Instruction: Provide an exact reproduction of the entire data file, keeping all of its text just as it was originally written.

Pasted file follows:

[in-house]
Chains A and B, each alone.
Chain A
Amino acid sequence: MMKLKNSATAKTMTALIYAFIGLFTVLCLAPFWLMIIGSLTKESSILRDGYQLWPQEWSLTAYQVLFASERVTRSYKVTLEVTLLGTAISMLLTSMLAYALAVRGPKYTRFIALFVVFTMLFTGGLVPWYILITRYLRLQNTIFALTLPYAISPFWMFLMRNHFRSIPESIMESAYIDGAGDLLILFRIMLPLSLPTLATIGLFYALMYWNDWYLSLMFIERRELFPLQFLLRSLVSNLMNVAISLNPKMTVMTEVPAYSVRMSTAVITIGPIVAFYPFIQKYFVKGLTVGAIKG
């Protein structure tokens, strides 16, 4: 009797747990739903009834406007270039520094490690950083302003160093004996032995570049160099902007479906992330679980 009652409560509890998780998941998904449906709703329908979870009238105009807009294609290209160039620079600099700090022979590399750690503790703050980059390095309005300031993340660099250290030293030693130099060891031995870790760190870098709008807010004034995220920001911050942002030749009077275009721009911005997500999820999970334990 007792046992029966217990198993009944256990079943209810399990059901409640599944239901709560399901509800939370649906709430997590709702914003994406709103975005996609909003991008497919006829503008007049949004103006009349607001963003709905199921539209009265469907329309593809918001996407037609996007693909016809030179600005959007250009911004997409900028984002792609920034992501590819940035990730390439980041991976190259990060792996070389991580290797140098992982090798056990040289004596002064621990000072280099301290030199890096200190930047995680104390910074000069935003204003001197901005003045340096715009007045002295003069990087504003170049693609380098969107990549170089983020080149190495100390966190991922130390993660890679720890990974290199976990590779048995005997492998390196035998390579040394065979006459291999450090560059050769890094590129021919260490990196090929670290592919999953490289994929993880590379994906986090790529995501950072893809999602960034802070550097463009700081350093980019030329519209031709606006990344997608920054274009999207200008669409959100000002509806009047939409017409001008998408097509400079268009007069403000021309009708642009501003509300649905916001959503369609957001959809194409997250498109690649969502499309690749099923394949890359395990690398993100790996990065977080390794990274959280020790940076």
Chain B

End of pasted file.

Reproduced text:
[in-house]
Chains A and B, each alone.
Chain A
Amino acid sequence: MMKLKNSATAKTMTALIYAFIGLFTVLCLAPFWLMIIGSLTKESSILRDGYQLWPQEWSLTAYQVLFASERVTRSYKVTLEVTLLGTAISMLLTSMLAYALAVRGPKYTRFIALFVVFTMLFTGGLVPWYILITRYLRLQNTIFALTLPYAISPFWMFLMRNHFRSIPESIMESAYIDGAGDLLILFRIMLPLSLPTLATIGLFYALMYWNDWYLSLMFIERRELFPLQFLLRSLVSNLMNVAISLNPKMTVMTEVPAYSVRMSTAVITIGPIVAFYPFIQKYFVKGLTVGAIKG
């Protein structure tokens, strides 16, 4: 009797747990739903009834406007270039520094490690950083302003160093004996032995570049160099902007479906992330679980 009652409560509890998780998941998904449906709703329908979870009238105009807009294609290209160039620079600099700090022979590399750690503790703050980059390095309005300031993340660099250290030293030693130099060891031995870790760190870098709008807010004034995220920001911050942002030749009077275009721009911005997500999820999970334990 007792046992029966217990198993009944256990079943209810399990059901409640599944239901709560399901509800939370649906709430997590709702914003994406709103975005996609909003991008497919006829503008007049949004103006009349607001963003709905199921539209009265469907329309593809918001996407037609996007693909016809030179600005959007250009911004997409900028984002792609920034992501590819940035990730390439980041991976190259990060792996070389991580290797140098992982090798056990040289004596002064621990000072280099301290030199890096200190930047995680104390910074000069935003204003001197901005003045340096715009007045002295003069990087504003170049693609380098969107990549170089983020080149190495100390966190991922130390993660890679720890990974290199976990590779048995005997492998390196035998390579040394065979006459291999450090560059050769890094590129021919260490990196090929670290592919999953490289994929993880590379994906986090790529995501950072893809999602960034802070550097463009700081350093980019030329519209031709606006990344997608920054274009999207200008669409959100000002509806009047939409017409001008998408097509400079268009007069403000021309009708642009501003509300649905916001959503369609957001959809194409997250498109690649969502499309690749099923394949890359395990690398993100790996990065977080390794990274959280020790940076």
Chain B